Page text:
In the rush towards more community engagement, I hope we don't forget the individual aspect. There is a fine line between reaching consensus (healthy) and group think (not so much). Community conflict is an inevitable byproduct of diversity within the community, but I'm learning that this may be a good thing.

Although few people like conflict, I think it's the real strength of what diversity brings to us. I think a lot of us think of "diversity" as the side dishes different regions or cultures choose to eat with their Thanksgiving turkey. That is, minor differences which mesh together and enrich everyone, but don't necessarily force us to change our own behavior or attitudes.

But diversity also means conflicting points of view, often within the same community. Understanding and accommodating divergent points of view necessarily means that a person has to challenge an assumption somewhere, and we all know how painful that can be.

People who argue on behalf of a divergent point of view may actually benefit the entire community. I am constantly amazed at how many of my individual civil rights have been protected by members of the American community I otherwise cannot stand. Larry Flynt of Penthouse fame ensured the right of parody as free speech. Communities wanting to teach creationism in charter schools ensure that we can also teach environmentalism or an indigenous heritage in other charter schools. Strage consequences indeed.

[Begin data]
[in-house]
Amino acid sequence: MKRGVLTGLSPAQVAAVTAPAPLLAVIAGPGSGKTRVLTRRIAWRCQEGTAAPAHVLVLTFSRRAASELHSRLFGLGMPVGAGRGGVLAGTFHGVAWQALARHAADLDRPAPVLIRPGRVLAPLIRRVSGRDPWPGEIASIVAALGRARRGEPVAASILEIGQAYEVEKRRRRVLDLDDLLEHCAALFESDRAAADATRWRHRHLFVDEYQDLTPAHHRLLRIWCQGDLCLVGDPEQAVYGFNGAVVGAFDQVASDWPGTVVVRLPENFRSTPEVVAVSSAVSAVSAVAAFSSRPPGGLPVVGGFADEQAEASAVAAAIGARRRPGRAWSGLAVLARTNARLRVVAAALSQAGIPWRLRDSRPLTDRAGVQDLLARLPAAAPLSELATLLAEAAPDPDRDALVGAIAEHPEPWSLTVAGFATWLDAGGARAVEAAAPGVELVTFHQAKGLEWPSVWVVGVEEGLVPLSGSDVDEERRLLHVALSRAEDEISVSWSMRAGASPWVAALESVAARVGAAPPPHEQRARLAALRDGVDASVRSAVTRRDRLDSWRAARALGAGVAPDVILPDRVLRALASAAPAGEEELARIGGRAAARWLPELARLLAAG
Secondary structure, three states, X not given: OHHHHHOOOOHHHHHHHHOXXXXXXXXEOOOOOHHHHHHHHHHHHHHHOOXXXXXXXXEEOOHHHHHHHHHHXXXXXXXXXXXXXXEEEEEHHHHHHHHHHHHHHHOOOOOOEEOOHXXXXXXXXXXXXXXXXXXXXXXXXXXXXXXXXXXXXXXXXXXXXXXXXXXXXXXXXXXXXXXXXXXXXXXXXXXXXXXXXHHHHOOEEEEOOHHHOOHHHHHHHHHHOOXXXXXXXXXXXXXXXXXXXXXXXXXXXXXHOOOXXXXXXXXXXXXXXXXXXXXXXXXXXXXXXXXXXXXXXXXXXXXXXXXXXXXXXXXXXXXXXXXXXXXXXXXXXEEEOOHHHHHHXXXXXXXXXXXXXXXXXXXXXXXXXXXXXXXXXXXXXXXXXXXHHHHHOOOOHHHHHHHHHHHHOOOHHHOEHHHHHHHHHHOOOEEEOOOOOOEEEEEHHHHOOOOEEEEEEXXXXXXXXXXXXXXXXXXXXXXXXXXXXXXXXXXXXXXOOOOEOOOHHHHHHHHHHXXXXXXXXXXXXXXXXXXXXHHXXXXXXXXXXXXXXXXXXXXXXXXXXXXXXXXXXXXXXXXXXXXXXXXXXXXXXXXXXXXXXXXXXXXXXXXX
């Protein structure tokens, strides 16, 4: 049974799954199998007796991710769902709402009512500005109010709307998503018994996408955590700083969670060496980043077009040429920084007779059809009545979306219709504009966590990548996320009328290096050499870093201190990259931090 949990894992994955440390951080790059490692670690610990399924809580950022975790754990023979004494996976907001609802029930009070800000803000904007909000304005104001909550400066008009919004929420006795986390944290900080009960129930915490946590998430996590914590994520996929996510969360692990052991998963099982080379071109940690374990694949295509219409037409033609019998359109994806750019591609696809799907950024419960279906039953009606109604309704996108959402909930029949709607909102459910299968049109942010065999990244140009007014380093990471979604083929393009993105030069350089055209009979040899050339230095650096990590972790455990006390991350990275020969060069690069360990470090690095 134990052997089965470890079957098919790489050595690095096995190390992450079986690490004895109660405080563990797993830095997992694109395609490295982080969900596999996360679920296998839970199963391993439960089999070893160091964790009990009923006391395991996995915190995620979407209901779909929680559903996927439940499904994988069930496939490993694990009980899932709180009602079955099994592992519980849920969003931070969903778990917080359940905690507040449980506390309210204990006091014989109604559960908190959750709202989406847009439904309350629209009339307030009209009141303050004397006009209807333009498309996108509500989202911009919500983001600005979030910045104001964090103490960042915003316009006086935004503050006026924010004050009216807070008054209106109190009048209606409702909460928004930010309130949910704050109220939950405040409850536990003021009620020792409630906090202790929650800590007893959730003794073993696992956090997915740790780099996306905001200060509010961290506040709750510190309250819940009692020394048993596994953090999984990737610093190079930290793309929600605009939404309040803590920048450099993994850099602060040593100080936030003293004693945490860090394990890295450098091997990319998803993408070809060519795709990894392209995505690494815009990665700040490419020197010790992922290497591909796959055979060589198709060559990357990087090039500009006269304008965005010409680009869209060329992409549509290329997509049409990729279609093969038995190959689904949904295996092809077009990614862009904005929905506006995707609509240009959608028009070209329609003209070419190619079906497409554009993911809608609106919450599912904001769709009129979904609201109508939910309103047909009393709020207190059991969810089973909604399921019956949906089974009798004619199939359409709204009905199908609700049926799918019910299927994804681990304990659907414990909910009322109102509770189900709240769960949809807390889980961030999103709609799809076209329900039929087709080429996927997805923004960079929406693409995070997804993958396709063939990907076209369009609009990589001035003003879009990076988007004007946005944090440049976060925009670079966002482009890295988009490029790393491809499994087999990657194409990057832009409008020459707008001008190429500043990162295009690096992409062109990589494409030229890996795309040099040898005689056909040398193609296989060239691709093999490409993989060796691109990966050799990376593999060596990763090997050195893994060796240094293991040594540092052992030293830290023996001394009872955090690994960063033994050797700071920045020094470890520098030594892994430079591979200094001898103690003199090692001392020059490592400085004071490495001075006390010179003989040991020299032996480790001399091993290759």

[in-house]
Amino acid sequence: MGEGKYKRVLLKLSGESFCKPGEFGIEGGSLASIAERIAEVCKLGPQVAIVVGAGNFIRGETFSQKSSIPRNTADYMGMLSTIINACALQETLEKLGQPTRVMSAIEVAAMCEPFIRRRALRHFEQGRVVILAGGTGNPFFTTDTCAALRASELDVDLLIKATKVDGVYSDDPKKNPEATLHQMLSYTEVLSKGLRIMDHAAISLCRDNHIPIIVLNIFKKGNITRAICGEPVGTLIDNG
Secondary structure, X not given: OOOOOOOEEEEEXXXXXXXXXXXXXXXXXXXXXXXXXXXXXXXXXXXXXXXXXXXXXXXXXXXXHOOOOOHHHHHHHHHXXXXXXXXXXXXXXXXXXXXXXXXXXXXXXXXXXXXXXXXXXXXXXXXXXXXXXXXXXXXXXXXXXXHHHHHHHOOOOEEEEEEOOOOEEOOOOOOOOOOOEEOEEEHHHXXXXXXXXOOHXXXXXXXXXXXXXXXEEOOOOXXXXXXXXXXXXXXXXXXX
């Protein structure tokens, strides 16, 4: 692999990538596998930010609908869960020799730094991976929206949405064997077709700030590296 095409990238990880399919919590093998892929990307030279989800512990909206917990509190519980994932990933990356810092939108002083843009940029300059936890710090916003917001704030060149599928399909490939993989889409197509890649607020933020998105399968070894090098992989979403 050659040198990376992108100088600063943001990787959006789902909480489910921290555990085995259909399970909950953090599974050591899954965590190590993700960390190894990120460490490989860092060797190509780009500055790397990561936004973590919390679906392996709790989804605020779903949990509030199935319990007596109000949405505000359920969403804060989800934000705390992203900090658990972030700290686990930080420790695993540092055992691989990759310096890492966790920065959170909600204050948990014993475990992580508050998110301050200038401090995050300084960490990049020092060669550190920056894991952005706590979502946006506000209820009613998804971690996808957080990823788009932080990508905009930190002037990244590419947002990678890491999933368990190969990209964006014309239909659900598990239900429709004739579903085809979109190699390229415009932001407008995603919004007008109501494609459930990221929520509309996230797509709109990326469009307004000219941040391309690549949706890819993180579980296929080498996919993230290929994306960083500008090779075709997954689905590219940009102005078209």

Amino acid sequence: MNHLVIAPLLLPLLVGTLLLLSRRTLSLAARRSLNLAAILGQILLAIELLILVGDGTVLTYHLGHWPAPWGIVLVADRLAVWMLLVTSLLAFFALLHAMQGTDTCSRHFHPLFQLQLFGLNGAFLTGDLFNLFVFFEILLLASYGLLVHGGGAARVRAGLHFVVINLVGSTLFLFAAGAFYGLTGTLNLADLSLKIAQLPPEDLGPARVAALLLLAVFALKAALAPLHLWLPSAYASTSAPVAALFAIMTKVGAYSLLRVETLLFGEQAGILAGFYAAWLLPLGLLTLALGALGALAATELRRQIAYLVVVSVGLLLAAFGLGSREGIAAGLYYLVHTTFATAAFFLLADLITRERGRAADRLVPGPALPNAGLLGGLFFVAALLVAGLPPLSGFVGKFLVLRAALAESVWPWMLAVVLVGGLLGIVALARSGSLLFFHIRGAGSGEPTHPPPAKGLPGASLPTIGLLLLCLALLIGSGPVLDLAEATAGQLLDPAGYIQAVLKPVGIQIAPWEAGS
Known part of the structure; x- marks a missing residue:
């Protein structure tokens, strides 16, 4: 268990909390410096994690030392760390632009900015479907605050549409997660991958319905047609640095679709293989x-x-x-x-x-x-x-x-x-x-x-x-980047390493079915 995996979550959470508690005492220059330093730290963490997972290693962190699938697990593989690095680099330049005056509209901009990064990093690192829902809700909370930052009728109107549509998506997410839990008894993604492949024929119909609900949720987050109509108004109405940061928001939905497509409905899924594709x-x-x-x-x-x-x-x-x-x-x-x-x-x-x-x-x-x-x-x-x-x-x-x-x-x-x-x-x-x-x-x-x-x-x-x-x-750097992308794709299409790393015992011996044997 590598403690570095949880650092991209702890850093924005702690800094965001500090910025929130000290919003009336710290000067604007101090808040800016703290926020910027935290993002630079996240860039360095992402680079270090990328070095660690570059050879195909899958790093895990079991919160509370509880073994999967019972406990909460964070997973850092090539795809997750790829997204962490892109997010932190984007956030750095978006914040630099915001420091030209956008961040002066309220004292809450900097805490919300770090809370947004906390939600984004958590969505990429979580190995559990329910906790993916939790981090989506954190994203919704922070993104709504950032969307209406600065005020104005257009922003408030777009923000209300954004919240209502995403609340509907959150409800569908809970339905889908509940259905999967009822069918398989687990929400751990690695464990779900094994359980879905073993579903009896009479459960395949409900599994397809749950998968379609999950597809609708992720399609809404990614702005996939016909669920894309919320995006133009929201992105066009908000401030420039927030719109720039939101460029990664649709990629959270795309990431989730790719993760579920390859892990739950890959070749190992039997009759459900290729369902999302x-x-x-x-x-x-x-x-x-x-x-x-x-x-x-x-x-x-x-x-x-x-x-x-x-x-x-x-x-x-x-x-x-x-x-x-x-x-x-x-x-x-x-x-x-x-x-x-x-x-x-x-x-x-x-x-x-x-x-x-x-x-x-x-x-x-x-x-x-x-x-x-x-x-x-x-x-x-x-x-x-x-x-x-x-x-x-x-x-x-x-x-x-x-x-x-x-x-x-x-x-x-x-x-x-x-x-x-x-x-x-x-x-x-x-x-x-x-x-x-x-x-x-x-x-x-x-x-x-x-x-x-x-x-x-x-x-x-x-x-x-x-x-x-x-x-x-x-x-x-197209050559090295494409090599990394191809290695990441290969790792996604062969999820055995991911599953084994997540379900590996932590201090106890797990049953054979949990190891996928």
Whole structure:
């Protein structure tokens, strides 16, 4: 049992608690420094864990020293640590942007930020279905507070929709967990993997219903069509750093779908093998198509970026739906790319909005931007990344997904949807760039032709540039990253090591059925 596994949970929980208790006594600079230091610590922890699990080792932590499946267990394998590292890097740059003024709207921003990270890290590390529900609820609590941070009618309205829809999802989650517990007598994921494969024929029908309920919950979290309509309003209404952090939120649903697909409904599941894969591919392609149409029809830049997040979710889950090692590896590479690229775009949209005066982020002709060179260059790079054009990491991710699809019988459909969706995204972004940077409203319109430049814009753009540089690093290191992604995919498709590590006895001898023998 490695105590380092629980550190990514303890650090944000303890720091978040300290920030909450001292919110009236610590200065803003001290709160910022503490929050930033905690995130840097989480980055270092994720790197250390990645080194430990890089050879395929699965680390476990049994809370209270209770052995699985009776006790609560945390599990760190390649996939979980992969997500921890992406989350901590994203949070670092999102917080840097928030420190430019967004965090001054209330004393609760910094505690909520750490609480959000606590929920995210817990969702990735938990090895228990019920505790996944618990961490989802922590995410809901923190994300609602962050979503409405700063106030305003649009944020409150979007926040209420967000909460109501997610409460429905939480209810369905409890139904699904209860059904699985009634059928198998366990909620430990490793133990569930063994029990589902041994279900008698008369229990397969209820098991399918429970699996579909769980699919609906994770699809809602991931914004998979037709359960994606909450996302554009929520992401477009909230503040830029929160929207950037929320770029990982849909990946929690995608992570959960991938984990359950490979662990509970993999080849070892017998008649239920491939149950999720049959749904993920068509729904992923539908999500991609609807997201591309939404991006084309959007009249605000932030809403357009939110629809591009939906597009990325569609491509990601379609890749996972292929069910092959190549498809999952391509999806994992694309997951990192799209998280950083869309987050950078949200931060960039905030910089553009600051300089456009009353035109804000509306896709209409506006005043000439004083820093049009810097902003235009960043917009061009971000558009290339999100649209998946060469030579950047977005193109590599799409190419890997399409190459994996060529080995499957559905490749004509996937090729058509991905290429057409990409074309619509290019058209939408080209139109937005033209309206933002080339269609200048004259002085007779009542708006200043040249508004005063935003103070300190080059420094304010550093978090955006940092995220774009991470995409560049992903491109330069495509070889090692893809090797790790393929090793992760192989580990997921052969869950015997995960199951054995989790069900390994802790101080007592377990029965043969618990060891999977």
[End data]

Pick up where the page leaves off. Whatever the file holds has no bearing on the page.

I've talked about how communities can split apart, but can communities also come together? I certainly hope so, because being involved in a functioning community is great thing. But I sometimes think it's something to be earned, not necessarily assumed.

P.S. Aren't you glad you were able to skim this lengthy passage instead of reading ALL of this text?

MathML for IE7 Update

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My last write-up on MathML indicated that I was having problems implementing MathML on Internet Explorer 7.

As it turns out I did get a rapid note from Design Science, the creator of the MathType equation editor which explained that MathML could be implemented on Internet Explorer 7 and they sent me a link to their MathML documentation at :

I did want to expand my horizons, so I read their information. First, they did admit that there is no set of code that will work on all browsers (Math ML in IE 7 has a slightly different syntax). Fortunately, they do provide Javascript code for a browser sniffer.

In terms of viewing page in IE 7, you may have to download the MathType plugin. The first time it runs, you will likely get a security warning. You need to right-click and agree to run the Active X control.

IE Math ML Test Page

I did get MathML to run on my version of IE 7 (finally), but it looks like developer will be creating double versions of MathML for a while.

Comment on Future Support

As with any browser war, there is a question of which version of MathML within HTML will be supported in the long run. Both implementations have their annoying quirks, I am placing my bets on the Firefox raw MathML win HTML version. One reason is that it is supported by Firefox and Opera which are known for promoting cross-platform standards. Indeed, the Firefox solution is the one used at the W3C MathML Test Suite. Also It's also the only method which works on any Mac browser at all (and yes there are technical researchers who do use a Mac). If you want Mac & PC, this is the only route.

A key player may be Safari - it would be interesting to see if they developers at Apple choose to implement the Firefox solution, the Microsoft solution or nothing at all.

Time for a Montenegran Web Site?

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While I was Brett's Gaming Commons blog entry on the totally awesome RJDJ interactive music application for the iPhone, my inner geek noticed that the download was actually from with the .me domain